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Julian Assange Arrested Inside Ecuadorean Embassy in London

Julian Assange Arrested
Rob Pinney/LNP/REX/Shutterstock

Julian Assange has been arrested inside the Ecuadorean Embassy in London, where he took refuge seven years ago to avoid extradition to Sweden on allegations of sexual assault. Although that case has since been dropped, Scotland Yard said Thursday that it had arrested the WikiLeaks founder on a 2012 warrant “for failing to surrender” to authorities and that he would appear in court “as soon as is possible.”

The Yard said its officers were invited into the embassy by the Ecuadorean ambassador following the South American government’s withdrawal of asylum for Assange. Ecuadorean president Lenin Moreno issued a statement on Twitter saying he had decided to end the diplomatic asylum after Assange “violated, repeatedly, clear-cut provisions of the conventions on diplomatic asylum…despite the fact that he was requested on several occasions to respect and abide by these rules.”

Moreno said Assange had “violated the norm of not intervening in the internal affairs of other states,” citing WikiLeaks’ publication of Vatican documents in January as a recent example. Moreno also accused Assange of having shown “discourteous and aggressive behavior” toward Ecuador by installing electronic and distortion equipment, blocking security cameras, confronting and mistreating guards, and accessing embassy security files without permission.

“The patience of Ecuador has reached its limit,” Moreno said.

WikiLeaks condemned Moreno’s decision, saying that Ecuador had illegally ended Assange’s political asylum “in violation of international law” and posting a link for supporters to donate to a legal defense fund for its beleaguered founder. The website accused “powerful actors, including [the] CIA,” of being “engaged in a sophisticated effort to dehumanise, delegitimise and imprison” Assange.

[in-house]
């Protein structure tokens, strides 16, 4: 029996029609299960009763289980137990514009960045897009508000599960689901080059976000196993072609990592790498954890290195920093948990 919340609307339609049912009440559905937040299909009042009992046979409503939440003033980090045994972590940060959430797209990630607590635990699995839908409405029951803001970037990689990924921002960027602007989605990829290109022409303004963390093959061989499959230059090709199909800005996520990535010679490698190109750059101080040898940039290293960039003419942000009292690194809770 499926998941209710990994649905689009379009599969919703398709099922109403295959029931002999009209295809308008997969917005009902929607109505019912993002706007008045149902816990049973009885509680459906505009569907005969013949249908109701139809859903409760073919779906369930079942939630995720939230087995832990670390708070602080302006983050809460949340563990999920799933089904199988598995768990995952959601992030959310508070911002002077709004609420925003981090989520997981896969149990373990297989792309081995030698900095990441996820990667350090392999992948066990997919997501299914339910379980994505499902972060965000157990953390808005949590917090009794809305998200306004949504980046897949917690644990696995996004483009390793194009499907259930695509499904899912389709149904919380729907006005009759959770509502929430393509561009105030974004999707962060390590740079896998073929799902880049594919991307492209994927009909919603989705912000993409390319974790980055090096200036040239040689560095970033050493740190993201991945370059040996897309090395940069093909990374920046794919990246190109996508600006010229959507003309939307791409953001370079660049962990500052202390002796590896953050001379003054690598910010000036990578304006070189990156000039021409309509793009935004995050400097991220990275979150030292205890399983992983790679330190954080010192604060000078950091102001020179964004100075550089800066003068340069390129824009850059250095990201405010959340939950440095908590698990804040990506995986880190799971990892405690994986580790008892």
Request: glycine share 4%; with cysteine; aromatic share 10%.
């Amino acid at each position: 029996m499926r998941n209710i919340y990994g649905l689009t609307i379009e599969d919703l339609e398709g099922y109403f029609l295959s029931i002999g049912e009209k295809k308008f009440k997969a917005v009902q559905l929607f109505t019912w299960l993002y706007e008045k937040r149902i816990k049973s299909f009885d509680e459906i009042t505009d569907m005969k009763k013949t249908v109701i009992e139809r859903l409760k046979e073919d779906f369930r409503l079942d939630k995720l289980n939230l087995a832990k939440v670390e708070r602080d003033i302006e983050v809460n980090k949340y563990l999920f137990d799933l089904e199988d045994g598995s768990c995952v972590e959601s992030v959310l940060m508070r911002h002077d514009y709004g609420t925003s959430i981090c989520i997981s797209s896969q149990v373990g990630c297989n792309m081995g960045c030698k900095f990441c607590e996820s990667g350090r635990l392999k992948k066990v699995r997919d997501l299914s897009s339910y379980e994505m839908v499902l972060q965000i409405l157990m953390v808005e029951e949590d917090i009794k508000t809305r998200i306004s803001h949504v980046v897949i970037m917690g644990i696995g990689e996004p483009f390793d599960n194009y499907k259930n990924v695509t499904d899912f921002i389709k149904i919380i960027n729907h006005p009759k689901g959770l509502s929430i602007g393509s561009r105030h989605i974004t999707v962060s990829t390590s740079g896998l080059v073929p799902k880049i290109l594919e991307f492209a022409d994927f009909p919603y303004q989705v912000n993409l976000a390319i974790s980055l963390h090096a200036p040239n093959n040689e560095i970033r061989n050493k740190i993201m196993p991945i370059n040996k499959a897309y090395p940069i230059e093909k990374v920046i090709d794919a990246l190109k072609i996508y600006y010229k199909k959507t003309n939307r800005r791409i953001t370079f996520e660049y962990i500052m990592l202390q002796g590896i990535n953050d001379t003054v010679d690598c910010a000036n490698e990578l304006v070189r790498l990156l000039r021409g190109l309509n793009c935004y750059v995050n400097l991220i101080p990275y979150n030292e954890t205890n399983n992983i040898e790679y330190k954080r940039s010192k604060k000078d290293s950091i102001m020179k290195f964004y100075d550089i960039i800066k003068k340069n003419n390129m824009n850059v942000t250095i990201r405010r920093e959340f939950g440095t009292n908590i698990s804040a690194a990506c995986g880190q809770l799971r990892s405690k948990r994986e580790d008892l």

Assange has said that he feared extradition to Sweden would be a pretext for further extradition to the U.S. to face allegations of leaking embarrassing top-secret U.S. documents. Some in the U.S. have called for Assange to be sentenced to death.

An international arrest warrant was issued for Assange in November 2010 on allegations of rape and molestation in Sweden. Assange denied the accusations, surrendered himself to British police and was granted conditional bail. The following year, he lost an appeal to avoid extradition to Sweden, and fled to shelter inside Ecuador’s embassy in June 2012.

British authorities said this put Assange in breach of his bail conditions and that he remained subject to arrest. Although Sweden announced in May 2017 that it was dropping its rape investigation, he has stayed inside the embassy for fear of being extradited to the U.S.

In April 2017, former U.S. Atty. Gen. Jeff Sessions called Assange’s arrest a “priority.” In a video of his arrest posted on the Internet by the Guardian newspaper, Assange could be heard to say: “The U.K. must resist this attempt by the Trump administration.”

In his statement, Moreno said he had “requested Great Britain to guarantee that Mr. Assange would not be extradited to a country where he could face torture or the death penalty.” He said the British government had confirmed this in writing.

Alan Duncan, the British government minister for Europe and the Americas, said in a statement that the U.K. was “very grateful” to Ecuador for its decision to end Assange’s asylum. He said the arrest had followed extensive negotiations. “It is absolutely right that Assange will face justice in the proper way in the U.K.,” said Duncan. “It is for the courts to decide what happens next.”

British Home Secretary Sajid Javid added that “no one is above the law.”

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